William Wallace Wines was a pioneer merchant and leading business man of Ann Arbor for many years and
also figured in financial circles as the Vice-President of the Ann Arbor Savings Bank. Watchful of opportunities
and making the best of his advantages, he carried his business interests forward along progressive lines and
belonged to that class of representative American citizens, who, while promoting individual success, also
contribute in large measure to the general welfare. He came to Ann Arbor about 1848, being at that time a man
of thirty-two years.
William was only twelve years of age when he left home and went to New York city, where he attended the
public schools. He acquired a good education and afterward accepted a position as clerk in a store in New
York City and was likewise employed in other business there. His time was thus passed until 1841 when he
came to Washtenaw County, Michigan, as one of it's early settlers. Taking up his abode in Ypsilanti, he there
purchased a lumber mill and engaged in the manufacture of lumber for several years, or until 1848 when he
came to Ann Arbor. The embryo city offered him a good field of labor, and from that time until his death he was
closely associated with the commercial development and substantial progress of his place. Here he entered into
partnership with Mr. Becker under the firm style of Becker & Wines and they were engaged in the dry-goods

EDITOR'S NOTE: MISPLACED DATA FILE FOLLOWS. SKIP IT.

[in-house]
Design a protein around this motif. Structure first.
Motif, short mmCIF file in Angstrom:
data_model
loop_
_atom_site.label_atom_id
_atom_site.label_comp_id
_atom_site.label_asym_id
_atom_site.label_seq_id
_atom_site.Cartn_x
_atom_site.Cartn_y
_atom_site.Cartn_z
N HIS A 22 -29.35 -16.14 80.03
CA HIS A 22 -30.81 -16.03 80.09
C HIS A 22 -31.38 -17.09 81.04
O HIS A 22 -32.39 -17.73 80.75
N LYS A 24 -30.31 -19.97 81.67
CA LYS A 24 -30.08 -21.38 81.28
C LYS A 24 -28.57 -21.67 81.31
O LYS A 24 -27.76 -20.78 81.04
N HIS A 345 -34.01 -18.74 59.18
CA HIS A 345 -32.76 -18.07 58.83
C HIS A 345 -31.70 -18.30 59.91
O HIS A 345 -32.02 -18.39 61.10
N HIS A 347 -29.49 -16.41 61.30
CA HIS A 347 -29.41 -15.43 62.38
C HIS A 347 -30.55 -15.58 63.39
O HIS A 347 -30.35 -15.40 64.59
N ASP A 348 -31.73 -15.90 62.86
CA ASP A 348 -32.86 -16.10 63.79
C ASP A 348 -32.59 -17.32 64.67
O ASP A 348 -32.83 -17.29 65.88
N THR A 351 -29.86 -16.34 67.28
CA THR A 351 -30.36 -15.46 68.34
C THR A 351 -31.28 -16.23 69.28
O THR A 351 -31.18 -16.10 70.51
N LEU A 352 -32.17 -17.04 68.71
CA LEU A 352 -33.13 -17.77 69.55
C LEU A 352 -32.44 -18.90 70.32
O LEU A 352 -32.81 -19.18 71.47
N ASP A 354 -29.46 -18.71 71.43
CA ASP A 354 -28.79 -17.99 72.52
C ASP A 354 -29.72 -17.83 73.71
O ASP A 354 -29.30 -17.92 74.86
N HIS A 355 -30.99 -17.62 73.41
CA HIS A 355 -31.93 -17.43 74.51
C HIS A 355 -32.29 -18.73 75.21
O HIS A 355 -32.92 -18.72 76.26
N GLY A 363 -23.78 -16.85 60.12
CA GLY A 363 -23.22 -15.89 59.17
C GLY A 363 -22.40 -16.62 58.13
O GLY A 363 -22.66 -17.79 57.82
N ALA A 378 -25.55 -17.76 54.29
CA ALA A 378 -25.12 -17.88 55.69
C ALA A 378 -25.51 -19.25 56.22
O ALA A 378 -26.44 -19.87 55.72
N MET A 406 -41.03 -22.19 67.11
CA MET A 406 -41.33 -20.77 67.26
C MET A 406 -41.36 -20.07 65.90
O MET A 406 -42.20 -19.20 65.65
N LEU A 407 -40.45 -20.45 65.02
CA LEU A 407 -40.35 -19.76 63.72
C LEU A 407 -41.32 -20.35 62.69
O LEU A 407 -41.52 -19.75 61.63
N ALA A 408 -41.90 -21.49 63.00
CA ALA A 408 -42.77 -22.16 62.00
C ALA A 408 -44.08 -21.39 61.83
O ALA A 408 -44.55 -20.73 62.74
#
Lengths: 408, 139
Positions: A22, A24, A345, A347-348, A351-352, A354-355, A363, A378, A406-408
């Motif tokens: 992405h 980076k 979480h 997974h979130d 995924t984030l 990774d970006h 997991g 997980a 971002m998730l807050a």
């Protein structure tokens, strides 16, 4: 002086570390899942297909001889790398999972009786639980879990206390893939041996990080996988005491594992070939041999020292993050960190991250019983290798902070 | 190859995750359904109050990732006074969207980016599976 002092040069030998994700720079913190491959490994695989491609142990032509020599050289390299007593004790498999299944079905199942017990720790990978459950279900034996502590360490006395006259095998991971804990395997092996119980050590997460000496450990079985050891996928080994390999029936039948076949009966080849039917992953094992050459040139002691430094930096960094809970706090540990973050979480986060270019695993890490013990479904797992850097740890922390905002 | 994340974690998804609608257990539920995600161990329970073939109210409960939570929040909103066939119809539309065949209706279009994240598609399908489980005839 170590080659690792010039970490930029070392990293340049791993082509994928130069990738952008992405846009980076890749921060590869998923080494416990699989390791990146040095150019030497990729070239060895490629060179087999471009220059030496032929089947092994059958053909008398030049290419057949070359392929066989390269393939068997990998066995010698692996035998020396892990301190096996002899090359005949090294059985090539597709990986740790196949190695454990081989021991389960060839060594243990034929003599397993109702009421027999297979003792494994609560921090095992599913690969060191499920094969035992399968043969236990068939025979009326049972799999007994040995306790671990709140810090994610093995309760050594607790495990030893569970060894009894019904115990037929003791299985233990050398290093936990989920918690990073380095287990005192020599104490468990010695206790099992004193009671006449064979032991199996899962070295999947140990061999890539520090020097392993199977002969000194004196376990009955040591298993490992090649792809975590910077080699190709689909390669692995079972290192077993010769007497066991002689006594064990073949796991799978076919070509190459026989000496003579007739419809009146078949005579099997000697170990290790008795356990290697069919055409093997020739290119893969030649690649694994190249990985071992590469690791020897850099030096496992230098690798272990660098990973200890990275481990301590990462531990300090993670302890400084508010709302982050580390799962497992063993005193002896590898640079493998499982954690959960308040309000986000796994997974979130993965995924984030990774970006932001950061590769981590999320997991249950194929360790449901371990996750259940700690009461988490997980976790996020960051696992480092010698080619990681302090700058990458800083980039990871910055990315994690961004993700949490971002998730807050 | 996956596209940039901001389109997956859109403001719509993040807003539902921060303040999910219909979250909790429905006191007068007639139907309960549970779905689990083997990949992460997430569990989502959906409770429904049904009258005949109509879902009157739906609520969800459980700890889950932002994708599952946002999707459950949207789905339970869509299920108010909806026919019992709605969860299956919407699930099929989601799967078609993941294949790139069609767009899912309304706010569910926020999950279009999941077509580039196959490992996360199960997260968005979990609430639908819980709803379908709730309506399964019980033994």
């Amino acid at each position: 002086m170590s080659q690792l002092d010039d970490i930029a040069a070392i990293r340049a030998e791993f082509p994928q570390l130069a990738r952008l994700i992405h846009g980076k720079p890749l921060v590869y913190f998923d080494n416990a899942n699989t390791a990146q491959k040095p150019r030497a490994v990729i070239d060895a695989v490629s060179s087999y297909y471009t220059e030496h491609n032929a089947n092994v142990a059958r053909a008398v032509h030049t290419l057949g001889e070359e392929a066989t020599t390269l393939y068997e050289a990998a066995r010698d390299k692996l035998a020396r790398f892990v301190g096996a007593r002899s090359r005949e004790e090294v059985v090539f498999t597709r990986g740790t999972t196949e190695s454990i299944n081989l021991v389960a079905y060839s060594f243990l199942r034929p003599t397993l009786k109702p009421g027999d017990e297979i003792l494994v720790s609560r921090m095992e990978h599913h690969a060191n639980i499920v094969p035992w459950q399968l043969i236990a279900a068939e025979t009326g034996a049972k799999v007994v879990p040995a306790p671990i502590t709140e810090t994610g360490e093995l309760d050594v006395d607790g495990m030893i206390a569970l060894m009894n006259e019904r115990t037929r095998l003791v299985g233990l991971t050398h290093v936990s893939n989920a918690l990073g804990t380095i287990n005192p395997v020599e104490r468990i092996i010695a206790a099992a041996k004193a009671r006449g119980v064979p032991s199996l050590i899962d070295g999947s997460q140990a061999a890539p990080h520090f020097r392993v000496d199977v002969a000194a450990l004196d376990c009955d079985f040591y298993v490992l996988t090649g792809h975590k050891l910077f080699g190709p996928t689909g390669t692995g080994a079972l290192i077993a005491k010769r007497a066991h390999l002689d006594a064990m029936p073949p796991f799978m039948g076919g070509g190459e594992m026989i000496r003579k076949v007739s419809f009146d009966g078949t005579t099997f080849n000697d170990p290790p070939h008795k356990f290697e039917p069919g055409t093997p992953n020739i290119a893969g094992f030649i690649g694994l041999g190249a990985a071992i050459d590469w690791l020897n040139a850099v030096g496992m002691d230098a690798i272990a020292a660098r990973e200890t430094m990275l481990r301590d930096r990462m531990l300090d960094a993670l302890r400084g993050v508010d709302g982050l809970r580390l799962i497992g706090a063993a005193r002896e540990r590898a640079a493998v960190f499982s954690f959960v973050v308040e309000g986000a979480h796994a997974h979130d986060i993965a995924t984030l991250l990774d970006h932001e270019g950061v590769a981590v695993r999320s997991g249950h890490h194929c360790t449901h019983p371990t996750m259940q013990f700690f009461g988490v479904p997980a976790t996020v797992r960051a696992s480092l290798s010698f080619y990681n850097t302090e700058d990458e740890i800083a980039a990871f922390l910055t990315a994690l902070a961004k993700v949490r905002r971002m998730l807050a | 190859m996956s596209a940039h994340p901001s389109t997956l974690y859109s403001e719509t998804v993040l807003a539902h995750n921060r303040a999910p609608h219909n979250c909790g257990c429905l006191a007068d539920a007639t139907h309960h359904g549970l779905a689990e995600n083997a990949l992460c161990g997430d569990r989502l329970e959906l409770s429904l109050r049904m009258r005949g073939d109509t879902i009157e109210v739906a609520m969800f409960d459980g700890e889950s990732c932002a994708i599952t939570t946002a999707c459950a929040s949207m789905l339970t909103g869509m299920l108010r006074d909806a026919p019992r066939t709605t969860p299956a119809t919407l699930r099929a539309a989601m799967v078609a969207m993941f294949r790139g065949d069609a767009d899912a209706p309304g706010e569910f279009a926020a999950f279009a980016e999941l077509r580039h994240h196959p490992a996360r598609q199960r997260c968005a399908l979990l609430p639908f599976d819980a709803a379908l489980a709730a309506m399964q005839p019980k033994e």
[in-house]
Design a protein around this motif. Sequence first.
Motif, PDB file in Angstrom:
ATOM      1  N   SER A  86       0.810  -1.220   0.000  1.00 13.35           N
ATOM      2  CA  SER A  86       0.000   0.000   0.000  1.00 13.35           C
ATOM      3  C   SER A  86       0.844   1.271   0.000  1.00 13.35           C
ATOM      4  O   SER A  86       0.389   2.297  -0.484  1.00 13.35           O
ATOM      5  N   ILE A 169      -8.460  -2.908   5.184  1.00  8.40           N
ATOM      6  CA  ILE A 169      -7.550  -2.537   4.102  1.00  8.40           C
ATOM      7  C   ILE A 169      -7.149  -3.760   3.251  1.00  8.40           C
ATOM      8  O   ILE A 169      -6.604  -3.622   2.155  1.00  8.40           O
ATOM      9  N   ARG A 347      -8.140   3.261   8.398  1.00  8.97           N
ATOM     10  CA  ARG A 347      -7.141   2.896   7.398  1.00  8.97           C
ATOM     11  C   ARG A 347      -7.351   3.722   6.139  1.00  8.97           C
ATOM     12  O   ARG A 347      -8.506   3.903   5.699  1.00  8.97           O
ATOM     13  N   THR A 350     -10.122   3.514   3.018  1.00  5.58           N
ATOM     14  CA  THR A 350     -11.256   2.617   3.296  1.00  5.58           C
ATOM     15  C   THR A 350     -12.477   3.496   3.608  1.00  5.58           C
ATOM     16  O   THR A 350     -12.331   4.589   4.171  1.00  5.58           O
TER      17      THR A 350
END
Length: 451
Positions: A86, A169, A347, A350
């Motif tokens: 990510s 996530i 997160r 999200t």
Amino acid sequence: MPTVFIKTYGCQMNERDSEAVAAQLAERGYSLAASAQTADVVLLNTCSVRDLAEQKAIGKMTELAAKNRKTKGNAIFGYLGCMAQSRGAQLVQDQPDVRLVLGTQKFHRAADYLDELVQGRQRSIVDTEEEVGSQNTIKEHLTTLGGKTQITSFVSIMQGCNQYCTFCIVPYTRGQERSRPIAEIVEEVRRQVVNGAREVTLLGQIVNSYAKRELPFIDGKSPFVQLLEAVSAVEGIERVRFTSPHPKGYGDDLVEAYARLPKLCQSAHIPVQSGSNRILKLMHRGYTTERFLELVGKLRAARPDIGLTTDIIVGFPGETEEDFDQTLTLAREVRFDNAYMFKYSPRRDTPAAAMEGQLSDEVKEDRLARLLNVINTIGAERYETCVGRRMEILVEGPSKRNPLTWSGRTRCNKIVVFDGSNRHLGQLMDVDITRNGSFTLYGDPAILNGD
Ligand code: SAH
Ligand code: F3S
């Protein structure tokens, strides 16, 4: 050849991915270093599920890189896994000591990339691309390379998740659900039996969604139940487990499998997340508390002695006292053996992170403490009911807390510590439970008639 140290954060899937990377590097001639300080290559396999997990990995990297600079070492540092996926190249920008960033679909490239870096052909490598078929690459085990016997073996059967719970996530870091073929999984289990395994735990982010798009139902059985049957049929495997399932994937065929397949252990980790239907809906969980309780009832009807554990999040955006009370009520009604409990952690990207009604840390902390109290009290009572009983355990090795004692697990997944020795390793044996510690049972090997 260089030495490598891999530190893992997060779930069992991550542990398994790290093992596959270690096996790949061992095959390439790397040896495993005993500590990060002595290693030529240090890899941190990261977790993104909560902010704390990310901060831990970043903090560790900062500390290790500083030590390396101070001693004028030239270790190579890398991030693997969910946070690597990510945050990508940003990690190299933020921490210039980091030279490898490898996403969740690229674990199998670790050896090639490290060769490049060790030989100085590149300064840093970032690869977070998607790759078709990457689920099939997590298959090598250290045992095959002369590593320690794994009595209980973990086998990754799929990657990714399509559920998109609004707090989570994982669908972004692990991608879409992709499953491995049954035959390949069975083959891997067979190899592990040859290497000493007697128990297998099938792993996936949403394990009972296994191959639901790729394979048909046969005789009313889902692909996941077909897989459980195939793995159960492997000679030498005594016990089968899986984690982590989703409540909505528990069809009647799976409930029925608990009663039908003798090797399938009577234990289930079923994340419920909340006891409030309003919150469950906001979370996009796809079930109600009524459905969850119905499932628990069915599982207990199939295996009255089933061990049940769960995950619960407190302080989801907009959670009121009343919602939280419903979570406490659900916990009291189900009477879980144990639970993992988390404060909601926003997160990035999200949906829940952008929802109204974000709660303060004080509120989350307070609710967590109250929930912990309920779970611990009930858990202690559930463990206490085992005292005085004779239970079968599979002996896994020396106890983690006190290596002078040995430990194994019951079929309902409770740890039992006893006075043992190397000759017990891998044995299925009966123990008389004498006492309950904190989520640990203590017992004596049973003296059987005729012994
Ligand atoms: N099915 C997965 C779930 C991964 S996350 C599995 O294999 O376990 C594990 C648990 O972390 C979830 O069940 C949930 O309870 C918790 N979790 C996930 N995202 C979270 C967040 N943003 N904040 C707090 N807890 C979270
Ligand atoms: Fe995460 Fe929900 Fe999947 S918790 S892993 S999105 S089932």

business together for several years. On the expiration of that period they dissolved the partnership and Mr.
Wines was afterward associated with other partners, eventually admitting Charles H. Worden to a partnership.
Their store was located at No. 120 S. Main Street and they conducted the largest retail dry-goods business of
any firm in the city. The relation between them was maintained until the death of Mr. Wines and the business
constantly grew in volume and importance, returning them an excellent income. Progressive in all that they did,
following modern lines of business activity and instituting methods that neither sought nor required disguise, they
enjoyed a trade which yielded them a profitable return upon their investment and made their house one of the
valued factors in mercantile circles here. Mr. Wines also became one of the stockholders of the Ann Arbor
Savings Bank and for many years was its Vice-President, acting in that paucity up to the time of his death.
William was a republican in his political views and took an active interest in the work and success of the party.
He and his wife held membership in the Presbyterian church to which their daughter also belonged. He was
greatly and helpfully interested in the church work and acted as one of the trustees for many years. his life was
honorable and upright and commended him to the confidence and good will of all with who he was associated.
In matters relating to the welfare of the community, he was public-spirited and his co-operation could be
counted upon to further public progress. He was always ready to lend a helping hand to the poor and needy
and within the closer circle of his social associated he won warm friendships, based upon the appreciation of his
many sterling traits of character. he became well-to-do and was recognized as a prominent and representative
citizen of Ann Arbor.
|Transcribed from ~
Past and Present,Washtenaw County Michigan, by Samuel W. Beakes
TOGETHER WITH BIOGRAPHICAL SKETCHES OF MANY OF IT PROMINENT AND LEADING CITIZENS AND
Chicago: The S.J. Clarke Publishing Co. 1906